PDPs should be self-directed and written, and include many elements of what Mary calls “extended tasks,” requiring different skills and approaches, and beyond your comfort zone.

“Accept something that is out of the norm for you. Come up with a different approach to a challenge, ”she advises. “Raise your hand, volunteer, get started on new projects or initiatives. “

The 70-20-10 rule of PDPs is particularly relevant here: 70% of a PDP can be achieved in-house, whether by changing work practices, stretching assignments or getting involved in training budgets. . Often times, it’s just the time and creativity that is needed. The 20% of a PDP is based on review, feedback and coaching: examining existing relationships and creating interactions between different departments. The remaining 10% require formalized training and qualification, such as the Chartered Manager Award from CMI. Will you add accreditation to your PDP for 2021?

“This means that you have a lot of ammunition to go to your supervisor to discuss development, because the majority of a PDP can be done in-house,” says Marie. “It doesn’t have to be done at the expense of the organization. “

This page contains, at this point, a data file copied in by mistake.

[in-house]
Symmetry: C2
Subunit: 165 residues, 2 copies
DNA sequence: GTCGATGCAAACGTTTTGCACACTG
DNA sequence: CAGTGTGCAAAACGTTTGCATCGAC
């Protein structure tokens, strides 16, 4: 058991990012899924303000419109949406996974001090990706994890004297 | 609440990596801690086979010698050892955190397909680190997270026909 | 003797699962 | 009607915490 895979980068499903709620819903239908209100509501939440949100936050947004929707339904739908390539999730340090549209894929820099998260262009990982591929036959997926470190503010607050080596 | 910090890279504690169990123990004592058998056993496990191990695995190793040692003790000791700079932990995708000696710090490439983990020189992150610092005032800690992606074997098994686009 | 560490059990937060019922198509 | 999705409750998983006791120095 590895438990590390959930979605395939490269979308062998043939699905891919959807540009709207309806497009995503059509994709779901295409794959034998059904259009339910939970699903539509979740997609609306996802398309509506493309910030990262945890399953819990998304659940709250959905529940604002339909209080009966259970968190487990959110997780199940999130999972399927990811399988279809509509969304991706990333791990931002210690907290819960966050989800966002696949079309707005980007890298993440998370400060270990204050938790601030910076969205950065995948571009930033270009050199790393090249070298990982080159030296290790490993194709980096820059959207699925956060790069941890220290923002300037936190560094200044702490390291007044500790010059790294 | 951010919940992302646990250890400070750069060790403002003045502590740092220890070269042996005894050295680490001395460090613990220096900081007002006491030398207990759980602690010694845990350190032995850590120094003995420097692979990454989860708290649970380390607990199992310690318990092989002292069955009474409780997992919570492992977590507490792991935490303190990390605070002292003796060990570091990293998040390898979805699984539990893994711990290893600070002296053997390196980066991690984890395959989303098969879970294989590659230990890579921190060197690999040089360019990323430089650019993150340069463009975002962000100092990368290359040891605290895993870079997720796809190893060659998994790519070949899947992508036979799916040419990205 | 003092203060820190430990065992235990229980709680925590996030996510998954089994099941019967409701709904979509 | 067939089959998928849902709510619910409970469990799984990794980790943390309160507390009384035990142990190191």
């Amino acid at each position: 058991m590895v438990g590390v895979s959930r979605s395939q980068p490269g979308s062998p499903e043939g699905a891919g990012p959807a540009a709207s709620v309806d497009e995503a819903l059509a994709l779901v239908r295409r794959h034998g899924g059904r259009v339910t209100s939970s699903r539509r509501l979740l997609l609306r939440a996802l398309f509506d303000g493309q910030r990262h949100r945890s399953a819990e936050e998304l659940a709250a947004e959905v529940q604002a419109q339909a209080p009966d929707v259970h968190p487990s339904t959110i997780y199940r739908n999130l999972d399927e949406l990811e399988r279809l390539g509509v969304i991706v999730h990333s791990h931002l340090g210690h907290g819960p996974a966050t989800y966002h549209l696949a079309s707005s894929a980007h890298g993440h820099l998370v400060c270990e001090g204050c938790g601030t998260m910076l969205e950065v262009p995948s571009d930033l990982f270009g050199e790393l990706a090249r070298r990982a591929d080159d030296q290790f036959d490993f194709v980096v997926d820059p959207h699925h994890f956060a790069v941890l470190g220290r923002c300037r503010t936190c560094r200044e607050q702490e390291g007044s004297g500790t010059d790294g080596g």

It is also important to be ambitious. It’s about coaching and mentoring others, handling tough negotiation, managing teams, and increasing your exposure to senior leaders. All of this, says Marie, will “massively develop” interpersonal and leadership skills.

Keep it alive

As Marie points out, it is crucial that none of this is just flash in the pan; something that is put away and forgotten. It is about taking responsibility, monitoring the entire process, reviewing it regularly and making it evolve. A PDP needs to be meaningful, so if it doesn’t work at some point or is no longer relevant, change it.

Ultimately, a PDP is all about embracing ambition. “Ambition shouldn’t be hidden, but many women hide it and they don’t necessarily say how ambitious they are,” she explains. “So discuss your career with your line manager and prepare with your own research and SWOT analysis. Managers will accept that someone on their team is eager to grow.

“Once you take this step, progress can be made. “

You can watch the recorded webinar in full here – why not check out our calendar of virtual events here?

Remember that you can watch our previous webinars, conferences and weekly #BetterManagers briefings on our Youtube channel.

You can find out more about CMI Women and register here.